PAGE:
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The Ten Most Important Foreign Events of 2008

Of the tens of thousands of foreign events this tumultuous year, here are my top ten, ranked more or less in ascending order of importance:

1. Russia’s signaling in September of its willingness to provide nuclear technology to Venezuela, thereby raising the prospect of a South American bomb.

2. The failure this month of the six-party talks to disarm North Korea, an event highlighting the general collapse of American anti-proliferation policy.

3. Iran’s test firing of missiles in the mouth of the Strait of Hormuz, reminding the world of the importance of keeping the Persian Gulf open.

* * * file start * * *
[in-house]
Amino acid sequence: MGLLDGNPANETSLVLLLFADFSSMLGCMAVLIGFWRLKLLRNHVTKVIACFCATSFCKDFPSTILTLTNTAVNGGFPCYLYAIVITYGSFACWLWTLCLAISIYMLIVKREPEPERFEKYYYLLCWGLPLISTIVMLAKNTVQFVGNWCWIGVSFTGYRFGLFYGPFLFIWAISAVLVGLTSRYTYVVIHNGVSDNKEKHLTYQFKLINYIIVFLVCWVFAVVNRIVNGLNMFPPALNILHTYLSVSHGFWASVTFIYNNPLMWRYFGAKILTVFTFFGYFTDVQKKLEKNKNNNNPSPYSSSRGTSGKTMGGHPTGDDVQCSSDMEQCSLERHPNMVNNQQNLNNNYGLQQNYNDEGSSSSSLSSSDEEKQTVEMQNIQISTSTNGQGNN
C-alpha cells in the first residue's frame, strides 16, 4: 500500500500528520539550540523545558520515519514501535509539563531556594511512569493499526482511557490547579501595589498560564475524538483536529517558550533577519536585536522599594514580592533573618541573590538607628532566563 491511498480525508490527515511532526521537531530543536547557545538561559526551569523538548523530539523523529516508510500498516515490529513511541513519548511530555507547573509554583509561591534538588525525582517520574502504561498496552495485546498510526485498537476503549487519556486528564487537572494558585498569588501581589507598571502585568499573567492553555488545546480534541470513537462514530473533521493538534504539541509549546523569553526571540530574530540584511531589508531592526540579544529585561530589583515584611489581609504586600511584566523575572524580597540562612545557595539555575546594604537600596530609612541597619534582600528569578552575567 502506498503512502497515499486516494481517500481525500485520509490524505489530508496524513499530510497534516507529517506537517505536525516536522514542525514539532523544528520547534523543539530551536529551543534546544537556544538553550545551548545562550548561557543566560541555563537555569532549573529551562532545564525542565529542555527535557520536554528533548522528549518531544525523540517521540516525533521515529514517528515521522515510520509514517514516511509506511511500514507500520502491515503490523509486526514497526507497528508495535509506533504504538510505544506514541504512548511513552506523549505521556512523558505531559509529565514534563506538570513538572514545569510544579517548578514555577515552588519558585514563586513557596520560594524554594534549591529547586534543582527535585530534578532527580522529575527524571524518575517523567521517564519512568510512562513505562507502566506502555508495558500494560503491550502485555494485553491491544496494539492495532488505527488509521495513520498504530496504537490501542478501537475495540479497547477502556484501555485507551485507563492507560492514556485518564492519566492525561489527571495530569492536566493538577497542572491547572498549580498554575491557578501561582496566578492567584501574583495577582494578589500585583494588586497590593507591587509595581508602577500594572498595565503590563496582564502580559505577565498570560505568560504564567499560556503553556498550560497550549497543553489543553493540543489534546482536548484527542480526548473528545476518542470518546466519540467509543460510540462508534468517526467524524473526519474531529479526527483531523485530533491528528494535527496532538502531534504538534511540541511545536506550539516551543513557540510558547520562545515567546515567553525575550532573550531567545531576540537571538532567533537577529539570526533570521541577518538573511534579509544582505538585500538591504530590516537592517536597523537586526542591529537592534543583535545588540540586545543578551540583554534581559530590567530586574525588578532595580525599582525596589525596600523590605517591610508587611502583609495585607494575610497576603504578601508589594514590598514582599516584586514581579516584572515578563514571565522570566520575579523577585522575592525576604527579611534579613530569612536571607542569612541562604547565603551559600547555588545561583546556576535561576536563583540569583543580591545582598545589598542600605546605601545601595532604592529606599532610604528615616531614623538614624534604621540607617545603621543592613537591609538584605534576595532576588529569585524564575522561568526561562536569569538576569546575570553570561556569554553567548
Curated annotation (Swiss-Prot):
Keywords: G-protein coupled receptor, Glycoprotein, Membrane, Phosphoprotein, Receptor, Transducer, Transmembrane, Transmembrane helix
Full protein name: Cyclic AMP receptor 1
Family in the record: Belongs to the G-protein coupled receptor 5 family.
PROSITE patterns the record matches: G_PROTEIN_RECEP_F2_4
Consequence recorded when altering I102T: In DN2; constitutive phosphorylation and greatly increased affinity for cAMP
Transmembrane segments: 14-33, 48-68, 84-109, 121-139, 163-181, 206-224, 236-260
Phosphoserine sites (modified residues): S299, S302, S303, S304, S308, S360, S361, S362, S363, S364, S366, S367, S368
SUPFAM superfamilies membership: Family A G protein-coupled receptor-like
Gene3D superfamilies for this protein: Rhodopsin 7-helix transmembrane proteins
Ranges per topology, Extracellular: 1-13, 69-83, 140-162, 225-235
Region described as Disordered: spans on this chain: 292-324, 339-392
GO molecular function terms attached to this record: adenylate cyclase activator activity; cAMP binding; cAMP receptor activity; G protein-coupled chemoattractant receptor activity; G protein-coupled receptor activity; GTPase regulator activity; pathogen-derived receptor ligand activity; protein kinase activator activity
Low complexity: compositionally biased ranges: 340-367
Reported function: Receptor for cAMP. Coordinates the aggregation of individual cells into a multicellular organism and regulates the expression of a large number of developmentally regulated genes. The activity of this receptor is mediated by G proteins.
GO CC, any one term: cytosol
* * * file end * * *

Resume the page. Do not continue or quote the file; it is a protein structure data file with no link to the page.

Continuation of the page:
4. The Iraqi parliament’s ratification last month of the agreement to keep American troops in the country until 2012, a sign of the success of Washington’s recent policies.

5. The successive devaluation of the ruble, signifying the spreading of the global financial crisis.

6. The October signing of the U.S.-India nuclear pact, an event symbolizing the growing ties among the Pacific democracies.

7. The summit between Russia and China in Beijing in May, a cementing of relations among the authoritarian states.

8. Last month’s Mumbai attack, which is now leading to growing hostility between New Delhi and Islamabad.

9. The passage in September of the Security Council’s toothless resolution on the Iranian nuclear program, a clear indication of the failure of multilateral action to stop one of the gravest threats to international stability.

10. Russia’s August invasion of Georgia.